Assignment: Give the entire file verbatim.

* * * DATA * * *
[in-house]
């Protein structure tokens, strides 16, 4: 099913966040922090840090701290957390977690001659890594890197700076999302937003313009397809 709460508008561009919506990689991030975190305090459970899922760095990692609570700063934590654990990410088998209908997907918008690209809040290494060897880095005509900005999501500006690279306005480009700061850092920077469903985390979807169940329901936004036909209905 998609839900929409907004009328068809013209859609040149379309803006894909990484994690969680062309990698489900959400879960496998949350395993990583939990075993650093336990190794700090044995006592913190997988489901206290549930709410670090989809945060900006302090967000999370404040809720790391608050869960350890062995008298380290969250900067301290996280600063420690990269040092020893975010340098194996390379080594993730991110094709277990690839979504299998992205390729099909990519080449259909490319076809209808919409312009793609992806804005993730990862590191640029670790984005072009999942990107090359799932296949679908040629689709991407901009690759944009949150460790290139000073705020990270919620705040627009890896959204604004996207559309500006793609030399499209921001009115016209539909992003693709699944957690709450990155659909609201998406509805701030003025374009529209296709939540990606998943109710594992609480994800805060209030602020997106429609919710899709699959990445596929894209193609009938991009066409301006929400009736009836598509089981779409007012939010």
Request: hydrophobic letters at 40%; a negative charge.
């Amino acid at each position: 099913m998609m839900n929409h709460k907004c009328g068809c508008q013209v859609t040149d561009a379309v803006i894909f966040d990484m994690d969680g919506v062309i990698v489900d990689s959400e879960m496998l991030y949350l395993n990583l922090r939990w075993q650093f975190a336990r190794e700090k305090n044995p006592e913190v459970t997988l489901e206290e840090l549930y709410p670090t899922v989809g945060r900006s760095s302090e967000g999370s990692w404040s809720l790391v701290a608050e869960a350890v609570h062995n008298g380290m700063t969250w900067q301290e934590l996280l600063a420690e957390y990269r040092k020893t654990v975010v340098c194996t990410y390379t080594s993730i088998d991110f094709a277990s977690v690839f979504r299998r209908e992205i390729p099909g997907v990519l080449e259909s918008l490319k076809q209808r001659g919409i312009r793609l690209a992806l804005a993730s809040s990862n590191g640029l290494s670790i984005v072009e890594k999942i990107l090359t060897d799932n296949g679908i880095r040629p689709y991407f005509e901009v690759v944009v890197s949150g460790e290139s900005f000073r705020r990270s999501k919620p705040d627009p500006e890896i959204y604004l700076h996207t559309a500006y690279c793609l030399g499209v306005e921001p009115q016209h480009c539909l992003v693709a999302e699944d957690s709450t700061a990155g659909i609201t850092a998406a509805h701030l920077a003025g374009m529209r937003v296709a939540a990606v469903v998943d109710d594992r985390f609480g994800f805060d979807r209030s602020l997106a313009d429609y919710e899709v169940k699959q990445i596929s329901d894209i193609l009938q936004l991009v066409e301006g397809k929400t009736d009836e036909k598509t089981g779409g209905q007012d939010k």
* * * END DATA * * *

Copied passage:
[in-house]
């Protein structure tokens, strides 16, 4: 099913966040922090840090701290957390977690001659890594890197700076999302937003313009397809 709460508008561009919506990689991030975190305090459970899922760095990692609570700063934590654990990410088998209908997907918008690209809040290494060897880095005509900005999501500006690279306005480009700061850092920077469903985390979807169940329901936004036909209905 998609839900929409907004009328068809013209859609040149379309803006894909990484994690969680062309990698489900959400879960496998949350395993990583939990075993650093336990190794700090044995006592913190997988489901206290549930709410670090989809945060900006302090967000999370404040809720790391608050869960350890062995008298380290969250900067301290996280600063420690990269040092020893975010340098194996390379080594993730991110094709277990690839979504299998992205390729099909990519080449259909490319076809209808919409312009793609992806804005993730990862590191640029670790984005072009999942990107090359799932296949679908040629689709991407901009690759944009949150460790290139000073705020990270919620705040627009890896959204604004996207559309500006793609030399499209921001009115016209539909992003693709699944957690709450990155659909609201998406509805701030003025374009529209296709939540990606998943109710594992609480994800805060209030602020997106429609919710899709699959990445596929894209193609009938991009066409301006929400009736009836598509089981779409007012939010």
Request: hydrophobic letters at 40%; a negative charge.
């Amino acid at each position: 099913m998609m839900n929409h709460k907004c009328g068809c508008q013209v859609t040149d561009a379309v803006i894909f966040d990484m994690d969680g919506v062309i990698v489900d990689s959400e879960m496998l991030y949350l395993n990583l922090r939990w075993q650093f975190a336990r190794e700090k305090n044995p006592e913190v459970t997988l489901e206290e840090l549930y709410p670090t899922v989809g945060r900006s760095s302090e967000g999370s990692w404040s809720l790391v701290a608050e869960a350890v609570h062995n008298g380290m700063t969250w900067q301290e934590l996280l600063a420690e957390y990269r040092k020893t654990v975010v340098c194996t990410y390379t080594s993730i088998d991110f094709a277990s977690v690839f979504r299998r209908e992205i390729p099909g997907v990519l080449e259909s918008l490319k076809q209808r001659g919409i312009r793609l690209a992806l804005a993730s809040s990862n590191g640029l290494s670790i984005v072009e890594k999942i990107l090359t060897d799932n296949g679908i880095r040629p689709y991407f005509e901009v690759v944009v890197s949150g460790e290139s900005f000073r705020r990270s999501k919620p705040d627009p500006e890896i959204y604004l700076h996207t559309a500006y690279c793609l030399g499209v306005e921001p009115q016209h480009c539909l992003v693709a999302e699944d957690s709450t700061a990155g659909i609201t850092a998406a509805h701030l920077a003025g374009m529209r937003v296709a939540a990606v469903v998943d109710d594992r985390f609480g994800f805060d979807r209030s602020l997106a313009d429609y919710e899709v169940k699959q990445i596929s329901d894209i193609l009938q936004l991009v066409e301006g397809k929400t009736d009836e036909k598509t089981g779409g209905q007012d939010k």